As I knew he would, Christian set us to work on everything BUT the medium trot. Like he has done so many times before, he worked on ME for a large part of the lesson. He noticed that I was holding a fair amount of tension in my upper body, so he directed me to get loose. I did some shoulder rolls and a bobble-head shake to get rid of the tension. Christian reminded me to let my heels sink in the rising trot so that I wasn’t gripping anywhere with my legs. As I focused more on relaxing my body, Speedy got softer and softer himself.
Christian explained that Speedy wasn’t doing anything wrong. As he got more energetic behind, he had to lift his neck and head to keep his balance. Christian instructed me to ignore where Speedy’s head was and instead focused on me for a bit. We tried something that was a bit new for me, in thinking anyway. Instead of fighting with how heavy and resistant Speedy felt in my hand, he asked me to focus on developing some feel for the give.
He suggested that I can make the bit more interesting to Speedy just by talking to him with my ring fingers and by making my wrists softer. Don’t pull back or hold on, just gently move the bit around with the ring finger. I was really surprised at how much softer Speedy got when I did this at the trot.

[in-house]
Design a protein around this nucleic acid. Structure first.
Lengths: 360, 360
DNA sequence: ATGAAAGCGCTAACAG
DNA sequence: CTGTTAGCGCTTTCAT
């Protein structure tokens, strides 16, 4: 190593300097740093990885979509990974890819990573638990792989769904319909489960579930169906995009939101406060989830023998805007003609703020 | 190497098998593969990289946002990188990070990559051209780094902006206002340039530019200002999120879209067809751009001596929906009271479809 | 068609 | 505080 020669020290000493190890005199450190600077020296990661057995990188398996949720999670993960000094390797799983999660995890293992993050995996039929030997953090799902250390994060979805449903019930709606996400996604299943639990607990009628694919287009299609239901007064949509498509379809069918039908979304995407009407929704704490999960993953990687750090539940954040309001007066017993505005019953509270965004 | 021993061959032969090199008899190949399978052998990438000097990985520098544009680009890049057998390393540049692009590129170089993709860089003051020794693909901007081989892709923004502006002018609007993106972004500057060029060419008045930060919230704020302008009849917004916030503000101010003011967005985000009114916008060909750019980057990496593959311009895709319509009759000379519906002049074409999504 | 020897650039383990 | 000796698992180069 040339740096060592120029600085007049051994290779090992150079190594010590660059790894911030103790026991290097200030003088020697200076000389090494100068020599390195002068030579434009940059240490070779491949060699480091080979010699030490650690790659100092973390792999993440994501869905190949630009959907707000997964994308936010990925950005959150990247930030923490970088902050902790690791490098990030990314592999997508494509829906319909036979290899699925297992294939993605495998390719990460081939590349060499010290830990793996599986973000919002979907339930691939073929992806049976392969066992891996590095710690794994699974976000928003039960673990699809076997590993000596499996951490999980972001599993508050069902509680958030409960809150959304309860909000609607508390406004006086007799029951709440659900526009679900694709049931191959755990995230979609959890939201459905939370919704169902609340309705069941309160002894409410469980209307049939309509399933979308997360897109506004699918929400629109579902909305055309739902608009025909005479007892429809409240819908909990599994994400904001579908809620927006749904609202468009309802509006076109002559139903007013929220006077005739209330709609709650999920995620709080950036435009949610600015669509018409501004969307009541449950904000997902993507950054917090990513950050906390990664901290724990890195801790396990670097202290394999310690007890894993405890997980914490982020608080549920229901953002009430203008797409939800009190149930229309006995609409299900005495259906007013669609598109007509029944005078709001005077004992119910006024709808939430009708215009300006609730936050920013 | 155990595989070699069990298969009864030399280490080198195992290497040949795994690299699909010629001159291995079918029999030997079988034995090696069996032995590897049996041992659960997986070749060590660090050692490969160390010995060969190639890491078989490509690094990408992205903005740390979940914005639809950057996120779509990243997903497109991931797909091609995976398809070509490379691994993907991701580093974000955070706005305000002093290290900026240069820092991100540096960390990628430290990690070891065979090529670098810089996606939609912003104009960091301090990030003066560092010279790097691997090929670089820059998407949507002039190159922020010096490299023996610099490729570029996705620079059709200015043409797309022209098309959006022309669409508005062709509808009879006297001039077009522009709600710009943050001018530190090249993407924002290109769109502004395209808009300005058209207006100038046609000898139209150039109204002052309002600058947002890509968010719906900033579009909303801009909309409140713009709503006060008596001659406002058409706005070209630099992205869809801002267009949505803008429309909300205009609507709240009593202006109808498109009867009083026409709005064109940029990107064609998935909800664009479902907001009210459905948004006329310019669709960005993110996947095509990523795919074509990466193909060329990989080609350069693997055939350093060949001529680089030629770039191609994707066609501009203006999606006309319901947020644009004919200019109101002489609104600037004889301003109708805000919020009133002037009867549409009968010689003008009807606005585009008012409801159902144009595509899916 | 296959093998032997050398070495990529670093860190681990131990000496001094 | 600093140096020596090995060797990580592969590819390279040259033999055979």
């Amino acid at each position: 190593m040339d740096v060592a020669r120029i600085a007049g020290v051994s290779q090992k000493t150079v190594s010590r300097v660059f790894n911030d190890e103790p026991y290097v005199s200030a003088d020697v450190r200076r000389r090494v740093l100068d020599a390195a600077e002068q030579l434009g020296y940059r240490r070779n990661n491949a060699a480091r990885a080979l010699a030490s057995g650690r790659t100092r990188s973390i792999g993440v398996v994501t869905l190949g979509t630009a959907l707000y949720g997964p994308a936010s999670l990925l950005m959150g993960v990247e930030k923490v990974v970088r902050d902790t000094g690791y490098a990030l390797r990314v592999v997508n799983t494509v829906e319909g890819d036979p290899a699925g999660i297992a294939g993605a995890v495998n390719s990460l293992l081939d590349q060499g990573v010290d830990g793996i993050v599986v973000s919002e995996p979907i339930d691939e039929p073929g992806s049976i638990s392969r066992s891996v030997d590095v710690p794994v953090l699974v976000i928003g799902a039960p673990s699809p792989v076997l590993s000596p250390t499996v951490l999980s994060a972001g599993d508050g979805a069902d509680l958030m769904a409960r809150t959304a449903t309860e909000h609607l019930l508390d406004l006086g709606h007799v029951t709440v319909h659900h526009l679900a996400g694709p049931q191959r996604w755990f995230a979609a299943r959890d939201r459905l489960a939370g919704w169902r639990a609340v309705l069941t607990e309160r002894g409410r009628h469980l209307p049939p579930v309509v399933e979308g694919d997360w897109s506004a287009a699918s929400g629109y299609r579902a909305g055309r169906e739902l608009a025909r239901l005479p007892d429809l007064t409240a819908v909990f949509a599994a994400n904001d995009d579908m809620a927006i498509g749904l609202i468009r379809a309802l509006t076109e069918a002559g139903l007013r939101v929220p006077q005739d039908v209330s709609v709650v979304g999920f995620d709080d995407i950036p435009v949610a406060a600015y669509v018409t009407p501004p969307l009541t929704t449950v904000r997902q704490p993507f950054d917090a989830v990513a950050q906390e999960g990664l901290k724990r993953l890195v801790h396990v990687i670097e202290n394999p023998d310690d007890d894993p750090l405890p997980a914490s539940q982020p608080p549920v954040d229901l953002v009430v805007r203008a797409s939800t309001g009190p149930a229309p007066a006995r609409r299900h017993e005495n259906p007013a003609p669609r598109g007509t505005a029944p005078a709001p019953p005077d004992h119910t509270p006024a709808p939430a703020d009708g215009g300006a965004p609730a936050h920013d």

Once he was a bit more in control, Christian had me do the same ring finger work at the canter. Again, I was really surprised at how quickly Speedy responded. Most of the time, Speedy is a really good worker who is willing to try to do what I ask. He does get the occasional wild hair, but he’s quick to come back to the conversation.
Christian wanted me to use the forward energy that Speedy was offering in the canter to work on developing the medium trot. We cantered down the long side, transitioned to a trot at C, or tried to, and came out of the corner ready to lengthen his stride.
Instead, he suggested that it was better to stay on whichever diagonal I was on and make the switch at the end of the trot lengthen. And if it takes the rider a stride or two to get on the correct diagonal at the end in the turn, it was no big deal. In some ways, this helped because I wasn’t trying to “shoot out” of the corner AND change my posting diagonal at the same time.
I am definitely looking forward to his next visit!